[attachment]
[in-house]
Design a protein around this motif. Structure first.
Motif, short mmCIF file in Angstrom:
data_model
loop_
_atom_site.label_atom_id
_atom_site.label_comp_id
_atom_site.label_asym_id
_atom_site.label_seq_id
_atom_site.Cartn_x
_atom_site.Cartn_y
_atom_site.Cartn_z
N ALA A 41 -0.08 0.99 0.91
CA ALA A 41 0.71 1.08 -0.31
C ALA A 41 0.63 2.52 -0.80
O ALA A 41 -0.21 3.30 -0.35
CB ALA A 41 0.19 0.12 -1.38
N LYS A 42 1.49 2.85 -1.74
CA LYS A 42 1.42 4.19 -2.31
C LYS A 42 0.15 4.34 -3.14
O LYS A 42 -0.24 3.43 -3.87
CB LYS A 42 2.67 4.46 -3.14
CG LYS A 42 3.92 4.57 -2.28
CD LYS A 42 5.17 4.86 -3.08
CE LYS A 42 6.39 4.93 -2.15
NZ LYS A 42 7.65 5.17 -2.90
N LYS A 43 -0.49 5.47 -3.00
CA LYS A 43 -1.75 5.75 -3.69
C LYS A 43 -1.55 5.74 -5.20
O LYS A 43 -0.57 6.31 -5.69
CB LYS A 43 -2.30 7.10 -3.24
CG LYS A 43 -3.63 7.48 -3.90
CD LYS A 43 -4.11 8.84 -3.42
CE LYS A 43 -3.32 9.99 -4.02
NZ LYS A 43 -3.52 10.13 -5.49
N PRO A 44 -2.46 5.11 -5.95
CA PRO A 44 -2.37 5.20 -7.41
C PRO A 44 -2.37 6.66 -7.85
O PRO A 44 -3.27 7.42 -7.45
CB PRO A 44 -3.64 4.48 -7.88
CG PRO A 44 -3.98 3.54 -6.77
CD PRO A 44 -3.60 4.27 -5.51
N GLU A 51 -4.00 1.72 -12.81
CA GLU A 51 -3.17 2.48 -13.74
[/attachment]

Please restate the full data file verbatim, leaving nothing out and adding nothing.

[in-house]
Design a protein around this motif. Structure first.
Motif, short mmCIF file in Angstrom:
data_model
loop_
_atom_site.label_atom_id
_atom_site.label_comp_id
_atom_site.label_asym_id
_atom_site.label_seq_id
_atom_site.Cartn_x
_atom_site.Cartn_y
_atom_site.Cartn_z
N ALA A 41 -0.08 0.99 0.91
CA ALA A 41 0.71 1.08 -0.31
C ALA A 41 0.63 2.52 -0.80
O ALA A 41 -0.21 3.30 -0.35
CB ALA A 41 0.19 0.12 -1.38
N LYS A 42 1.49 2.85 -1.74
CA LYS A 42 1.42 4.19 -2.31
C LYS A 42 0.15 4.34 -3.14
O LYS A 42 -0.24 3.43 -3.87
CB LYS A 42 2.67 4.46 -3.14
CG LYS A 42 3.92 4.57 -2.28
CD LYS A 42 5.17 4.86 -3.08
CE LYS A 42 6.39 4.93 -2.15
NZ LYS A 42 7.65 5.17 -2.90
N LYS A 43 -0.49 5.47 -3.00
CA LYS A 43 -1.75 5.75 -3.69
C LYS A 43 -1.55 5.74 -5.20
O LYS A 43 -0.57 6.31 -5.69
CB LYS A 43 -2.30 7.10 -3.24
CG LYS A 43 -3.63 7.48 -3.90
CD LYS A 43 -4.11 8.84 -3.42
CE LYS A 43 -3.32 9.99 -4.02
NZ LYS A 43 -3.52 10.13 -5.49
N PRO A 44 -2.46 5.11 -5.95
CA PRO A 44 -2.37 5.20 -7.41
C PRO A 44 -2.37 6.66 -7.85
O PRO A 44 -3.27 7.42 -7.45
CB PRO A 44 -3.64 4.48 -7.88
CG PRO A 44 -3.98 3.54 -6.77
CD PRO A 44 -3.60 4.27 -5.51
N GLU A 51 -4.00 1.72 -12.81
CA GLU A 51 -3.17 2.48 -13.74